Early in the midst of the Covid-19 pandemic, Justin Taylor blogged about Psalm 131 and linked to Christian counselor David Powlison’s article in the Journal of Biblical Counseling. I was already scheduled to teach Psalm 131 so I devoured the article by Powlison and threw myself into the Psalm – which has been so good for my soul. The first five months of 2020 have been extremely tumultuous and I have needed and benefited from this Psalm.
Lord, my heart is not proud; my eyes are not haughty. I do not get involved with things too great or too wondrous for me. Instead, I have calmed and quieted my soul like a weaned child with its mother; my soul is like a weaned child. Israel, put your hope in the Lord, both now and forever. (Psalm 131)
Charles Spurgeon said this Psalm is one of the shortest Psalms to read but the longest to learn. Powlison wrote of the person who lives Psalm 131: “This person is quiet on the inside. He is not noisy. Not obsessed. Not on the edge. The to-do list and pressures to achieve don’t consume him. Ambition doesn’t churn inside of him. Failure and despair don’t haunt him. Regrets don’t corrode his inner experience. Irritation and dissatisfaction don’t devour him. He’s quiet.”
I want that for my life! Here is what we can learn in these three verses, Here are three ways to quiet our souls from Psalm 131:
1. Get off the ladder.
I am taking the first point from David Powlison. He described a life in turmoil as living on a ladder where you are constantly climbing and comparing yourself to others – to see if you are above them or beneath them. There is constant inner turmoil on the ladder, and verse one describes life off the ladder. David says his “heart is not proud.” He does not believe he can climb his way to the top. Instead he trusts God. The Christian faith drives a stake into the heart of pride because our faith is not built on our ability to ascend to God. Christ descended to us. The result of a humble heart is “eyes that are not haughty,” which is liberty from looking to others in comparison on the ladder, and not believing we can do all things because some things “are too great or wondrous” for all of us.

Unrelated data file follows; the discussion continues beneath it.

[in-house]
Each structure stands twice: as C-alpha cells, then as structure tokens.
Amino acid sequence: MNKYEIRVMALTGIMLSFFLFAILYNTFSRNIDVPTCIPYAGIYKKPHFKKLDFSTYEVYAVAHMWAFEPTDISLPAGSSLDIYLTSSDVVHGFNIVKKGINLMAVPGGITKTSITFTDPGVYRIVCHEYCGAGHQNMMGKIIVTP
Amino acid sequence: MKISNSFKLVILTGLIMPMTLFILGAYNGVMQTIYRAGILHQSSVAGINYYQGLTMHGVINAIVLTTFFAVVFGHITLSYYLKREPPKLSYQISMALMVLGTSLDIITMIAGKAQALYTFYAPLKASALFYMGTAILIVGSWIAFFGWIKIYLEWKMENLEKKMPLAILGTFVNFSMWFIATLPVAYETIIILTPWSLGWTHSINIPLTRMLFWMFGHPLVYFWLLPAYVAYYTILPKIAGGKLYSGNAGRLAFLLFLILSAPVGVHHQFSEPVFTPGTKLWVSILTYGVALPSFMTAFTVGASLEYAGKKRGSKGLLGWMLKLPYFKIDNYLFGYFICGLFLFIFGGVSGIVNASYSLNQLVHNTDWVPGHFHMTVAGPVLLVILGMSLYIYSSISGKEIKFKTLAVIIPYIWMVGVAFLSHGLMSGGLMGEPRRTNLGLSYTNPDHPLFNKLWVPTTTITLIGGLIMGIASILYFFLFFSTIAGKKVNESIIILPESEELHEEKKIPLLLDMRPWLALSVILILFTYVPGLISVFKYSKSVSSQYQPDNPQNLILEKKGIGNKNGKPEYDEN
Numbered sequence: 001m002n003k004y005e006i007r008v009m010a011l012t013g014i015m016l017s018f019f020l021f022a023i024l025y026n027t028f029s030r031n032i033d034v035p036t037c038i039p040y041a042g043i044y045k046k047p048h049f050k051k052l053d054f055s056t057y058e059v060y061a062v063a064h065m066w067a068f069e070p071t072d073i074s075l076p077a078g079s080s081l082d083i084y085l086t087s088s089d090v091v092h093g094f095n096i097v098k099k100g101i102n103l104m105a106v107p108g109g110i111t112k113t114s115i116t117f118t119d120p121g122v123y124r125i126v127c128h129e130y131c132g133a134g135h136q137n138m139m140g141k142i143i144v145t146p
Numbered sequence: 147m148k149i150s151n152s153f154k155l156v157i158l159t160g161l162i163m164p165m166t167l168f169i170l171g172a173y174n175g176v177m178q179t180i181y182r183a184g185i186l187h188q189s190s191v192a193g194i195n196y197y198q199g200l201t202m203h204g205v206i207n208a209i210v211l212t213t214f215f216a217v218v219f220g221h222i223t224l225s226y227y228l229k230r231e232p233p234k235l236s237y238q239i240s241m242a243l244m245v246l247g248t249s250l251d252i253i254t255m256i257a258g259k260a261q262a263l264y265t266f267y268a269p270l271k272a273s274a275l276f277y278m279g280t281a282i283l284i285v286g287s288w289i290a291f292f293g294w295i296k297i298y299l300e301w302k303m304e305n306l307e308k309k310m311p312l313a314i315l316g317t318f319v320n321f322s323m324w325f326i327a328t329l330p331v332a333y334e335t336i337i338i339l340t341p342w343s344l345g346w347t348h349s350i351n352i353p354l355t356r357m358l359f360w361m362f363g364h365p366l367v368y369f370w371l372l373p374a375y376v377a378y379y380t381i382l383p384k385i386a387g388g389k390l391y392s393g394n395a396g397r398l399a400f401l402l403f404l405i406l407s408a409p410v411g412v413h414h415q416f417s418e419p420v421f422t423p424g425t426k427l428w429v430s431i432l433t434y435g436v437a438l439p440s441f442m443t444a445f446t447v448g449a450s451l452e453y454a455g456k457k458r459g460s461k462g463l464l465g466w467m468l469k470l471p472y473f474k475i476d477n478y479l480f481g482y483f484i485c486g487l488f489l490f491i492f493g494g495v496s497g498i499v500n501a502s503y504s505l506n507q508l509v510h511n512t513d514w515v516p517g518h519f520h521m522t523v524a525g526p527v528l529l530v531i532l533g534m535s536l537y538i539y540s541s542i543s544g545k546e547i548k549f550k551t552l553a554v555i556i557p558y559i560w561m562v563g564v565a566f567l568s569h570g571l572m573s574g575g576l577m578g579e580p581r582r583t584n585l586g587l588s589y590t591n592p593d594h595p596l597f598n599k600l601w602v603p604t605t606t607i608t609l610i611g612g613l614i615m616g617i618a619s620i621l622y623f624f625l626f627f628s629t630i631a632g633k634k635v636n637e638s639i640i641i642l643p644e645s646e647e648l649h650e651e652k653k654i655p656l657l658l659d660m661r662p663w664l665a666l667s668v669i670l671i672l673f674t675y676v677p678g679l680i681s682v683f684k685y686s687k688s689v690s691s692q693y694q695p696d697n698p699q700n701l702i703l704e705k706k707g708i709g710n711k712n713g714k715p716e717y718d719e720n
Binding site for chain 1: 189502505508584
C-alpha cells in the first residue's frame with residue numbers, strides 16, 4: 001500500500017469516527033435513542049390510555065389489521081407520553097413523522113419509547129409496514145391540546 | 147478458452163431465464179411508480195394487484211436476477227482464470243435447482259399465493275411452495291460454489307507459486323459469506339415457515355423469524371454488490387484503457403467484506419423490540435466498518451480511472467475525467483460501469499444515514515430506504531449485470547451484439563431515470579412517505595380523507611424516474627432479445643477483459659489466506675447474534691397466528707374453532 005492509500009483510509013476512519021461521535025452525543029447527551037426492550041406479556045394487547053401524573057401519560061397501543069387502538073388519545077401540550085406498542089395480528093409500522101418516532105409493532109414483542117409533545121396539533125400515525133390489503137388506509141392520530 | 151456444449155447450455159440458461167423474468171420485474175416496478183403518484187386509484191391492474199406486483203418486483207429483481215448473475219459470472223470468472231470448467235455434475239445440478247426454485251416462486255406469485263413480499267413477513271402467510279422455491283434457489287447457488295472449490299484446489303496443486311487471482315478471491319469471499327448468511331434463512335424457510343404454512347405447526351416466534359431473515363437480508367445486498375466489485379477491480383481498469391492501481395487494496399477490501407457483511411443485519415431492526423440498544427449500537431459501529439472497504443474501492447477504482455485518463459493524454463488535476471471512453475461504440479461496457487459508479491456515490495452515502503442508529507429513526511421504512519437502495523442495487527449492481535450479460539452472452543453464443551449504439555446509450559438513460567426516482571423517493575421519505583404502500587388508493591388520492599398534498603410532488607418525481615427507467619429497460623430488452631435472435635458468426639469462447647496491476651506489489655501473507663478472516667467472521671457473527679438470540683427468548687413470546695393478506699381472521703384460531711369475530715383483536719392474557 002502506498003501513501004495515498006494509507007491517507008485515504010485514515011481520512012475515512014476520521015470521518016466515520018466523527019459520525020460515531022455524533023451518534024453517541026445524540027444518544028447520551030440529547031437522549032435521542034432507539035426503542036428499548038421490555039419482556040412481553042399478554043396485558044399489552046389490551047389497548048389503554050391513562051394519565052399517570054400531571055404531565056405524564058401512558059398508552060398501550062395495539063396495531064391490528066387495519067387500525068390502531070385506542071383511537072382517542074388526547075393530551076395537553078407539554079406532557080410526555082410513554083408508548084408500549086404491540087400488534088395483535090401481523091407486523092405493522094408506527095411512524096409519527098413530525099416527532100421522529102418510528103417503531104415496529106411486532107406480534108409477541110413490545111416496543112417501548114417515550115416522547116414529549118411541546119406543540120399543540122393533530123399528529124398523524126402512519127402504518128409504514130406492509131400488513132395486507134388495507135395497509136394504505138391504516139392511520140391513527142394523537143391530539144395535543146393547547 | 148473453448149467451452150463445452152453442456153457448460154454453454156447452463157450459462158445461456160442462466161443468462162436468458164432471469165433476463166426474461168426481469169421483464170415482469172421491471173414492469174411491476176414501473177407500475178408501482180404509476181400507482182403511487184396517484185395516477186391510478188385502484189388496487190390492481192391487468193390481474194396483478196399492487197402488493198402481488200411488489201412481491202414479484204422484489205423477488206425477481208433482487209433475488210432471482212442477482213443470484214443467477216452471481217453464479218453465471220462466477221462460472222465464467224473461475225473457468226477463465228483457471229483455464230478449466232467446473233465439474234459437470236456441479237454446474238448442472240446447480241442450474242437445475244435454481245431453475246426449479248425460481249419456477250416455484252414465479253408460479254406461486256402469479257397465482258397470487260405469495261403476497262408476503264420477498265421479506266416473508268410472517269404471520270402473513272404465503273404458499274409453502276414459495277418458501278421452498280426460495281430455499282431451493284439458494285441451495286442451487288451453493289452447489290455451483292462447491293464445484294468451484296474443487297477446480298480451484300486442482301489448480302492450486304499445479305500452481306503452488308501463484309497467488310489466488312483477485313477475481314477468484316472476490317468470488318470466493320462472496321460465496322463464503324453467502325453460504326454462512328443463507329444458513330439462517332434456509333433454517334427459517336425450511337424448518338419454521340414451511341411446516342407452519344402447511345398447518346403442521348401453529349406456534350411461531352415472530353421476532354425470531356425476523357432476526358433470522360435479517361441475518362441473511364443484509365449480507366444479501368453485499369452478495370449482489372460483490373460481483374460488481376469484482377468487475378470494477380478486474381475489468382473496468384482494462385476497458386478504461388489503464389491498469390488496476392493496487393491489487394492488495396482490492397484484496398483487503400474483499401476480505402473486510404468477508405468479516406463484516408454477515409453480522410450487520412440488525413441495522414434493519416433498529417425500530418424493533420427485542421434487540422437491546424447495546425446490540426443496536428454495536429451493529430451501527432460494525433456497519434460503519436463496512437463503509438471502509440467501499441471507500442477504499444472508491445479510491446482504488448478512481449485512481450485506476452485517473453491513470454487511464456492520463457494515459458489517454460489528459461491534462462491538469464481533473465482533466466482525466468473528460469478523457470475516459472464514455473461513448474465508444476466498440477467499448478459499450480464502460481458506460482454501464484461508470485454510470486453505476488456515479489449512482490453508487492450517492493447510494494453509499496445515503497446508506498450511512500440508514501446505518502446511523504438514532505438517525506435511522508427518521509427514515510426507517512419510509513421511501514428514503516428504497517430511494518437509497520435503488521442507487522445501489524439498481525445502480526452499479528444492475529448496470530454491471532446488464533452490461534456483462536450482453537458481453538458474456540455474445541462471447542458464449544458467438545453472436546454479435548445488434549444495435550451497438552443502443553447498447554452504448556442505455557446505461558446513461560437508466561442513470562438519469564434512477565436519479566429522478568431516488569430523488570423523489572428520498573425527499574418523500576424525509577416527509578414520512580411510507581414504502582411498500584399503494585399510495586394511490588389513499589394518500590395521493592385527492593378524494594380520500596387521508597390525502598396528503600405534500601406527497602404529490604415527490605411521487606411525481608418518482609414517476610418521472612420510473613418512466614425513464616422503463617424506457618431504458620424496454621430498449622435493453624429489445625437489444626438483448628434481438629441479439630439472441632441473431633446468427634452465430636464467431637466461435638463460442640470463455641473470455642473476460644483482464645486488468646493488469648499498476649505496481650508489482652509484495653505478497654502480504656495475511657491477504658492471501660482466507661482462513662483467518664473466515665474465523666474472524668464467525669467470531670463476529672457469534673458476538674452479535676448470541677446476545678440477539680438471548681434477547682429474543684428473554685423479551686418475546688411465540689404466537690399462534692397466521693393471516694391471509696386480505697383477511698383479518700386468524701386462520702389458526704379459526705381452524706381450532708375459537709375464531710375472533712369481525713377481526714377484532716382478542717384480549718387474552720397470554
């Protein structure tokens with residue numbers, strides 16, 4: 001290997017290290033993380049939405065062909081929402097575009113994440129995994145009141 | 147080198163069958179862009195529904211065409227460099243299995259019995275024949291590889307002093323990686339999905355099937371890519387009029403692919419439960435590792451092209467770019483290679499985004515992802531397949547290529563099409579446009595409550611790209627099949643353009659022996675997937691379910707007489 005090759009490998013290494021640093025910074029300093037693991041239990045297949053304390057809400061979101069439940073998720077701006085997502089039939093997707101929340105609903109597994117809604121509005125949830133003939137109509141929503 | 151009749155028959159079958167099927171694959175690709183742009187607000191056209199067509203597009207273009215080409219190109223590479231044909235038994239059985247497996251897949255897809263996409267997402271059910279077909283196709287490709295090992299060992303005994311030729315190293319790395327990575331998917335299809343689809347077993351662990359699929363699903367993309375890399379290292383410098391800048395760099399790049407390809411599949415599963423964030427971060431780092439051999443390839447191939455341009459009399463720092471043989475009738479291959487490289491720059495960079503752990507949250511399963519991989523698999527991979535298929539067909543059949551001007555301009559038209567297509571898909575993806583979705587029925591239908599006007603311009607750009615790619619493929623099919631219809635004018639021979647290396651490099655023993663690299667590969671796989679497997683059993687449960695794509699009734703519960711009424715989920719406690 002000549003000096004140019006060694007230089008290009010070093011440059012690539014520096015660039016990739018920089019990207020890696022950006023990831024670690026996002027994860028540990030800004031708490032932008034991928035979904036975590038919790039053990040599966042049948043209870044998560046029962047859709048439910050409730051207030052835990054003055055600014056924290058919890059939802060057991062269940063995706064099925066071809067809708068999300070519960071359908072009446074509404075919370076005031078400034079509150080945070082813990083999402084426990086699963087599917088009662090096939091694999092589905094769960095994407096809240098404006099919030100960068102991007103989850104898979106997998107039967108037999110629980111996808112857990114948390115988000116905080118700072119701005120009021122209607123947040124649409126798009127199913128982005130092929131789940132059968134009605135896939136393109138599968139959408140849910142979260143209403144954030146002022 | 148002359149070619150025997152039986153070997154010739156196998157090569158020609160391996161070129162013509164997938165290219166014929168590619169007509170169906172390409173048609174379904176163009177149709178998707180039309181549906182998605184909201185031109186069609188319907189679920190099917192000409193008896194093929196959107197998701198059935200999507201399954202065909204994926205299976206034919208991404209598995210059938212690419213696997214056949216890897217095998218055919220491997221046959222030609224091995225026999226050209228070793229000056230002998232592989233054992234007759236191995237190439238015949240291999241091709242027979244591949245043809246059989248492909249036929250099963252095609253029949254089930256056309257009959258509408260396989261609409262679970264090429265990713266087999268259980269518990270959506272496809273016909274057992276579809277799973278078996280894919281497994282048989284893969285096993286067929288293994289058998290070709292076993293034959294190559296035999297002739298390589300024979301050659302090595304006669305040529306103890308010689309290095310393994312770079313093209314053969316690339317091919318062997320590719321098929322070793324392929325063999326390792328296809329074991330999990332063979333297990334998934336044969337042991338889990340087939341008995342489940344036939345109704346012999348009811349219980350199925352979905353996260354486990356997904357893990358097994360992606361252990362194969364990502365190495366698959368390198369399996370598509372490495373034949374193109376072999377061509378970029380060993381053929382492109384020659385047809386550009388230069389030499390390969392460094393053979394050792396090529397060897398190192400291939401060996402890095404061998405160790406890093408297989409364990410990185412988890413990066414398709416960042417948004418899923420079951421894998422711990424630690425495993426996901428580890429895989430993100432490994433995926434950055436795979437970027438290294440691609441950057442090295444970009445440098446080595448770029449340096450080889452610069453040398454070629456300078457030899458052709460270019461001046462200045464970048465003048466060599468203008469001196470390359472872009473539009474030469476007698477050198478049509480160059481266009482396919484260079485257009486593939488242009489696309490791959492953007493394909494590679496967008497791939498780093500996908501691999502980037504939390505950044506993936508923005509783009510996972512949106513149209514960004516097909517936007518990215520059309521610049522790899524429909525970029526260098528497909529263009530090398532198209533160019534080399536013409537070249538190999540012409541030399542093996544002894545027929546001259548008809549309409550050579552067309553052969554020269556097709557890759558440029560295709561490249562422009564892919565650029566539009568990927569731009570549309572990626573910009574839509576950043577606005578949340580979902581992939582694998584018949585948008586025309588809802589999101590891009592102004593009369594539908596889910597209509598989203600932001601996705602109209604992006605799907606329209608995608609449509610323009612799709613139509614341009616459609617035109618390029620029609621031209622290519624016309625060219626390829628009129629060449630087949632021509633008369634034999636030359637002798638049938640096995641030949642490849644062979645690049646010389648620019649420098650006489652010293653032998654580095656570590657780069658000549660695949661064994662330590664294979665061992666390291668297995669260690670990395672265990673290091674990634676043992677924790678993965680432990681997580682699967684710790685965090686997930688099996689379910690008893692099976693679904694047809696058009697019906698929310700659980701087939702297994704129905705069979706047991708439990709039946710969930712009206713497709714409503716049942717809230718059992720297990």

2. Live as a weaned child.
In verse two, David compares his soul to that of a weaned child. Before the child is weaned, the child believes he is in charge. He wants to eat when he wants to eat, and he will scream to get his way. In frustration, he roots around. A weaned child is different. Instead of crying and frantically thinking that everything revolves around him, the weaned child is calm and content in his mother’s lap. The weaned child is still dependent on his mother, but calmly so. He is not getting up from his mother’s lap, going outside and smoking a brisket for the family. The weaned child trusts his mother to feed him. As we must be with God – content and trusting Him to feed us.
3. Put your hope in God.
The last verse in the Psalm is a challenge to put our hope in the One who is calm. Whenever I am on a flight, and there is turbulence on the flight, which I hate – I look for the flight attendants. They have felt the turbulence before, and their calm helps me be calm. We can put our hope in the ultimate One who is calm. Our God is not frantic, worried, or out of control. Before going to the cross, Christ calmed his soul in the Garden of Gethsemane by placing His hope in the Father’s plan. The only way to calm my soul is to remind myself that the Father has some plan I can trust.
Because of Jesus we can have calm and quiet souls. The gospel does not command us to “be calm!” The gospel calms us. There is no ladder to climb and we can rest in the arms of God. The good news of Jesus quiets our hearts and eases our minds because we can remind ourselves that we are already loved and approved.